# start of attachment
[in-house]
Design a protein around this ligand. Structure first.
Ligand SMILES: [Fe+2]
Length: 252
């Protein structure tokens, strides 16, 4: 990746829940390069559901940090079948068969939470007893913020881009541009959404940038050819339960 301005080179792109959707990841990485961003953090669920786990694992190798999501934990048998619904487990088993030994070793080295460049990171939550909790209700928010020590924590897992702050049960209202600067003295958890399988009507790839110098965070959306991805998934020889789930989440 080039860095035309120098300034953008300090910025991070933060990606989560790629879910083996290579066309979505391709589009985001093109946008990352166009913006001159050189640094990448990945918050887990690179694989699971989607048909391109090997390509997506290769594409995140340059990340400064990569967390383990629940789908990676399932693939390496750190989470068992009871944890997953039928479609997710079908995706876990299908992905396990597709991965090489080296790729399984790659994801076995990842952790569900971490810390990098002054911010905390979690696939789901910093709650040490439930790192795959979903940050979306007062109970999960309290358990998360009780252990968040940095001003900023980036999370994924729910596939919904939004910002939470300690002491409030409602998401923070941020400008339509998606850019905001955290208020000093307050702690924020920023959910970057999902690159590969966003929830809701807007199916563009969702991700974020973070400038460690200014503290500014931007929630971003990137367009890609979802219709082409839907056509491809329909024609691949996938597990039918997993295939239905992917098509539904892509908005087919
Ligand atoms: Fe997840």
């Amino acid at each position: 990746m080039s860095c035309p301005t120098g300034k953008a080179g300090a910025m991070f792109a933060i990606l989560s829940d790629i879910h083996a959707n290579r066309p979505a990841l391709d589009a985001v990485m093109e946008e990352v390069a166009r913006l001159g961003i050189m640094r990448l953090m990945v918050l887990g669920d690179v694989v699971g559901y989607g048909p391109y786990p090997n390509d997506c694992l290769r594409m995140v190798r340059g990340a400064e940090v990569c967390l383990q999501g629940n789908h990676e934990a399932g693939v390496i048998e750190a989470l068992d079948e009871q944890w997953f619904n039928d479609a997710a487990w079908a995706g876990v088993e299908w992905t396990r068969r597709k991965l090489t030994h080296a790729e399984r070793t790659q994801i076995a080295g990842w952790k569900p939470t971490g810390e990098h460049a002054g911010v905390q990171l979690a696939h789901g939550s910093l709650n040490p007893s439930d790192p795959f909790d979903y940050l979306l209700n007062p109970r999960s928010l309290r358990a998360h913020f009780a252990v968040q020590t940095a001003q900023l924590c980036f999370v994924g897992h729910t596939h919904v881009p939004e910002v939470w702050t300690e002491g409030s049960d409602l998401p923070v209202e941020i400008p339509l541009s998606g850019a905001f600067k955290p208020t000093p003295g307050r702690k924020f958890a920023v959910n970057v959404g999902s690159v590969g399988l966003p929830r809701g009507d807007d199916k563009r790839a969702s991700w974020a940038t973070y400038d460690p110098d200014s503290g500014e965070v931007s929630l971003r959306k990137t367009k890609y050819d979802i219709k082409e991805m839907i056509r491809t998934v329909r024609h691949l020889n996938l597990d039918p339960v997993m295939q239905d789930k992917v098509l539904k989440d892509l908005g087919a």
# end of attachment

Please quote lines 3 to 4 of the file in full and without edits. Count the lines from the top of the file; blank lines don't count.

Ligand SMILES: [Fe+2]
Length: 252